Sitting in Kaladi Brothers Coffee sucking down something comparable to motor oil but with a lot more kick. I can’t believe its Saturday morning and we are out of the village and still trying to shake the jarring effects of our small plane ride from Tatitlek yesterday. Most of student teaching is over and now I have to relocate my family to Anchorage for the next 36 days. We’re exhausted…I’m exhausted, but it feels good to get out of the hotel. Really not able to think, but I have got to put something in here about my research project.
My triangulation consists of daily survey data collected from each student, which has been compiled by an Excel worksheet. This gives me quantifiable data that is far more objective than the other two sources used. My own observations and one that was kind of last minute, but meaningful none the less is feedback from parents. The feedback from the parents was surprising to me. I didn’t think to ask for it at first, but it was given to me. I met some of the parents at the Halloween carnival at the school and one of the mothers pointed out how she and her daughter enjoyed looking different words up on InstaGrok. Shortly after the introduction of InstaGrok in the classroom the daughter went home and showed her mom how it worked. Out of the 14 kids in the school hardly any have support from home, but I was thrilled to here something positive from this one parent.
Some of the things I learned overall from using these different tools in the classroom is that it would be good to guide the activities with a source word list of sorts and then allow spontaneous ‘tinkering’. Without a source list the rabbit trails are endless making it hard to quantify if the target vocabulary is actually being worked on. Sites like Wordle or Tagxedo were fun to play with and stimulating to have posted up in the class, but the students quickly became bored with them. For instance, we would break them down and have ‘Little Word Day’, ‘Medium Word Day’, and ‘Big Word Day’ to make sure we didn’t focus on just the big words (Which was happening). The greatest return on time spent was to go as deep as possible with VisuWord, Visual Thesaurus, and InstaGrok. I found that using a set word list (Made cool looking with Wordle and Tagxedo) we could tear words apart, find similar words and explore meanings in so much better and useful a way than I had ever seen before. In regard to constructivism this was most rewarding.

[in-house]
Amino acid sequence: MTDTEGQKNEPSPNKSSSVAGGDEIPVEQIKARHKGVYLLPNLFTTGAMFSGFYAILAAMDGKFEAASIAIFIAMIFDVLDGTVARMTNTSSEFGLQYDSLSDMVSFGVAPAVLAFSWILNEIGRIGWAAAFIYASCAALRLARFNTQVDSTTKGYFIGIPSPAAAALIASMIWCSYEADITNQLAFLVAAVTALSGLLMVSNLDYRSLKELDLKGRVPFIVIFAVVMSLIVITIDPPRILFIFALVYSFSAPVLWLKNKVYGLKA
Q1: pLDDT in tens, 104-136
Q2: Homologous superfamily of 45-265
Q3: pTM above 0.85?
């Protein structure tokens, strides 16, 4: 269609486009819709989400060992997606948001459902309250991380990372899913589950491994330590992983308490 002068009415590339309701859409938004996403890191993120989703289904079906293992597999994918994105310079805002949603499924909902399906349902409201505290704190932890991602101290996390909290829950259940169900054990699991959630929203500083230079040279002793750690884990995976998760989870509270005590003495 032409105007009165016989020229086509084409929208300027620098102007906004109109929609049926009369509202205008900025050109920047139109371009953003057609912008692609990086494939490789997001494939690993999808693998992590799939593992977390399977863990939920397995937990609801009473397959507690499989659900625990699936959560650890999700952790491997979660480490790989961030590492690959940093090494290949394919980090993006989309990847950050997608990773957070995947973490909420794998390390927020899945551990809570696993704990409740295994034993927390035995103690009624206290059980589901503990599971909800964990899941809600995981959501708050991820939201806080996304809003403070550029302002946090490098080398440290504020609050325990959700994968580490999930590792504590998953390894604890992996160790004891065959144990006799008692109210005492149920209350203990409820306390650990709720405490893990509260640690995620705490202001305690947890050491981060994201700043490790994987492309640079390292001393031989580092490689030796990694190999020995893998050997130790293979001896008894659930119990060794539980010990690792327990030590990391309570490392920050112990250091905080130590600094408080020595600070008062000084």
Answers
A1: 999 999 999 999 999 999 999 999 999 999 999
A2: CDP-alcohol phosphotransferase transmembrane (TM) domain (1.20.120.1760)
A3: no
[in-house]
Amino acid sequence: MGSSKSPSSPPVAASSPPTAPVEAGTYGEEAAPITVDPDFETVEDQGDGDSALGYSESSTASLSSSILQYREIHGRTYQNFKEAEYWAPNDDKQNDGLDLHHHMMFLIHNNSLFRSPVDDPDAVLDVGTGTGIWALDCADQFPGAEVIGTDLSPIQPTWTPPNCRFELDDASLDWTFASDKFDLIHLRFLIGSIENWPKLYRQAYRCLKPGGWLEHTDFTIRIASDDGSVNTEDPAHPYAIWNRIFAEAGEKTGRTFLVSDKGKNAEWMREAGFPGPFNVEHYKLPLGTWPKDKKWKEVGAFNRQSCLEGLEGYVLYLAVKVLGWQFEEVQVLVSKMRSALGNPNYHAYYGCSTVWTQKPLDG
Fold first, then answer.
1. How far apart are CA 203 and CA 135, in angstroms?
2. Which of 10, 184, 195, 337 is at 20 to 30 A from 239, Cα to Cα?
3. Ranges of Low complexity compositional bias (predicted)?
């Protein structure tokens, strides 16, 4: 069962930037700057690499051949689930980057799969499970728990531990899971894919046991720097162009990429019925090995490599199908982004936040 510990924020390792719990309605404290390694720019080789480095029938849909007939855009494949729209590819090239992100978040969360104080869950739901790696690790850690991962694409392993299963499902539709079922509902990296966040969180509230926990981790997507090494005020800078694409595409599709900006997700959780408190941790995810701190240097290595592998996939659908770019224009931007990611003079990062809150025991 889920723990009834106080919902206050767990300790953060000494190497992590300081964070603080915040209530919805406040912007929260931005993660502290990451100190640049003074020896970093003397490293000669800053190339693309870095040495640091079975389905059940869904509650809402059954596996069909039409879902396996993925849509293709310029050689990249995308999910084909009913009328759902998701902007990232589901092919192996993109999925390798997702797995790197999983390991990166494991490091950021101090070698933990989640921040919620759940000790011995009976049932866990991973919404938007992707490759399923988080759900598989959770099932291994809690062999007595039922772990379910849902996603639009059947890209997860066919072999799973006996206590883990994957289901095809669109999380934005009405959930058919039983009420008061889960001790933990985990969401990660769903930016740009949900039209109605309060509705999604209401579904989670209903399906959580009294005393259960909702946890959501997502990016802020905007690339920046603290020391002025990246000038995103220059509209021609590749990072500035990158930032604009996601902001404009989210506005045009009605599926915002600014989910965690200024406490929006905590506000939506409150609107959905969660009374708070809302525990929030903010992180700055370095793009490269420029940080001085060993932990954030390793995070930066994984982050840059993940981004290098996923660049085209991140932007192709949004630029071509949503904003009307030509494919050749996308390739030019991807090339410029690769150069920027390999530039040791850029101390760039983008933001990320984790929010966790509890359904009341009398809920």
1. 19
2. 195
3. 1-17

I tried many different methods of employing these tools in the classroom, but considering I was student teaching I felt I had some restrictions and had to get the students back ‘on track’ with their original vocabulary program. Needless to say, there was some unhappiness because ‘play time’ was over. I was hoping the use of these tools would be continued by my host teacher, but that does not seem to be the case. Going back to the legacy vocabulary and spelling program was met with a collective sigh. However, I can tell you this, if I had my own classroom and the freedom to make these tools a central part of a word study program I assure you that it would be amazing. Rote memorization would disappear and true learning would emerge. From what I have seen and experienced these various tools fit well in a constructivist classroom and can drive learning potential through the roof!